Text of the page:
Three key questions for understanding your edtech ecosystem
October 16, 2018
Commentary: edWeb.net's Stacey Pusey explains how a little probing could uncover a fragmented and potentially privacy-violating K-12 edtech environment.
Eighty-eight percent of colleges and universities fail to protect students, faculty, alumni, staff, according to marketing and analytics company 250ok.
Patience Wait is a freelance writer and former journalist, covering the information technology market for industry-leading trade sites. She has won...
Have you ever clicked on a link in an email that looked like it came from your university but instead the click infected your device with malware?
There's probably not much protecting you from it. A new report by 250ok, an email marketing and analytics company based in Indianapolis, has found that 88.8 percent of top-level .edu domains have no protections in place against spoofing, phishing and email forgery schemes.
Matthew Vernhout, director of privacy at 250ok and the author of the report, told EdScoop that he believes there’s a knowledge gap in the higher ed space.
“I think part of it is they don’t view themselves as a target. ‘We don’t do e-commerce, we’re not a bank,’” he said. “But there have been several universities that [got] ransomware buried in their computers and it cost them real money … to unlock their computers.”
The report offers a number of recommendations to address the risk.
First, at least implement SPF, the Sender Policy Framework. When an email is received on a university's network, servers can check whether the message came from a legitimate source. Ideally, the higher ed tech staff also should implement DKIM, DomainKeys Identified Mail, which uses public key encryption to validate that the sender actually composed the message.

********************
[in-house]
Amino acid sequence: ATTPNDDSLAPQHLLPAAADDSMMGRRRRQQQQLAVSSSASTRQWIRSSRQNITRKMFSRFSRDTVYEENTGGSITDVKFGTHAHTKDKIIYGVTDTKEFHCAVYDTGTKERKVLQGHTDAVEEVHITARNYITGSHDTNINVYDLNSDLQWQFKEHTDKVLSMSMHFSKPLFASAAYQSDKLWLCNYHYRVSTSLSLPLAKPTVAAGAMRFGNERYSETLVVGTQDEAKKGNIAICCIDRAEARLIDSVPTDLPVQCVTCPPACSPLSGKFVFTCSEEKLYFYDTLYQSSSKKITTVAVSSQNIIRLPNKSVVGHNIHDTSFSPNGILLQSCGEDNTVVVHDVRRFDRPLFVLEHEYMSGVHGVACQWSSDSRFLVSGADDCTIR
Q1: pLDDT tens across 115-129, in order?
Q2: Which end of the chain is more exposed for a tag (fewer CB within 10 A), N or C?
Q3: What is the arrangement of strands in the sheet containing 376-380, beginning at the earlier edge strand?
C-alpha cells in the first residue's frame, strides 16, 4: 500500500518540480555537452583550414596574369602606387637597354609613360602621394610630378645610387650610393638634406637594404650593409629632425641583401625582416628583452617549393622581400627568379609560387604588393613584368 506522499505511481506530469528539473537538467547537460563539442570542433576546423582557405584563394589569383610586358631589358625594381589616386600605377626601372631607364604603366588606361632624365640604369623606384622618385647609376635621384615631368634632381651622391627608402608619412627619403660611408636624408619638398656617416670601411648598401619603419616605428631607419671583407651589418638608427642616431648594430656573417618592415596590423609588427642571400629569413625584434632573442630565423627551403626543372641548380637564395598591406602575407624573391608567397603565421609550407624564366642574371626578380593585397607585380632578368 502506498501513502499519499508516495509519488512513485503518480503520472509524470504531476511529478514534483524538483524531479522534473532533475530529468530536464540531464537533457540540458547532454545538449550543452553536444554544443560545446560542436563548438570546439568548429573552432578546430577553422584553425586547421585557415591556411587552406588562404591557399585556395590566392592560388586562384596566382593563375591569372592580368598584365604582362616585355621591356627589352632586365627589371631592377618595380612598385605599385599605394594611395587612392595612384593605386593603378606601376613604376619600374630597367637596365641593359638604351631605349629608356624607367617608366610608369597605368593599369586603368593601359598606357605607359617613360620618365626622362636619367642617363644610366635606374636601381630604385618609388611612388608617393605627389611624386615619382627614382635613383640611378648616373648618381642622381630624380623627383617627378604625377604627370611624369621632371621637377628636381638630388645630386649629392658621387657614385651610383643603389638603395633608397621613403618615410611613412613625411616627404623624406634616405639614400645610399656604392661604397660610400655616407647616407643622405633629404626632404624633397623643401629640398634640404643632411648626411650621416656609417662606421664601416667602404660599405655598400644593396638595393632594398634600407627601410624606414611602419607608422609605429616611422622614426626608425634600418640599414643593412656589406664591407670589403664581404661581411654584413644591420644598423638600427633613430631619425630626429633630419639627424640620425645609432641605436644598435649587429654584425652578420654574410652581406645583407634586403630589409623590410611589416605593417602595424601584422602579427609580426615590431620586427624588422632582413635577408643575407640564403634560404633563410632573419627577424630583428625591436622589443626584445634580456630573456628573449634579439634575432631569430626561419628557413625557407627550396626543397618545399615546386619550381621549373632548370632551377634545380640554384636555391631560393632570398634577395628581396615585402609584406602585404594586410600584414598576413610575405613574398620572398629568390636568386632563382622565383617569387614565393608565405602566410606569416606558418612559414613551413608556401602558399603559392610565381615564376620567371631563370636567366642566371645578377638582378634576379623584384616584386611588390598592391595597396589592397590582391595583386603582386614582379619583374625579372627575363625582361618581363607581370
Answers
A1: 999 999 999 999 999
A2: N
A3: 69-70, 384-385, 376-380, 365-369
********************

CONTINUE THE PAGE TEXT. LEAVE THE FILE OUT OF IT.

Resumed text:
“SPF and DKIM are both open-source standards,” Vernhout said. “SPF is supported everywhere; DKIM requires a little piece of technology to be installed in order to properly assign messages and properly match the public and private keys.”
The next step — the “gold standard,” as the report calls it — is to implement DMARC, Domain-based Message Authentication, Reporting and Conformance, an email authentication, policy and reporting protocol that helps organizations prevent spoofing of their domains. The U.S. federal government is still working on implementing DMARC.
“These three technologies are complementary; they serve slightly different functions,” he explained. “DMARC layers on top of those, so you need one or the other, or both, to function well. It allows the domain owner, the recipient, if authentication fails,” to select whether to quarantine or reject the dubious email.
“Twitter did a case study on their implementation of DMARC and they saw phishing attacks go away virtually overnight,” Vernhout said. “It makes you a much harder target; it’s easier for hackers to move to softer targets.”
The data used in the 250ok study comes from a February
analysis of more than 3,600 top-level .edu domains controlled by accredited
higher ed institutions in the United States.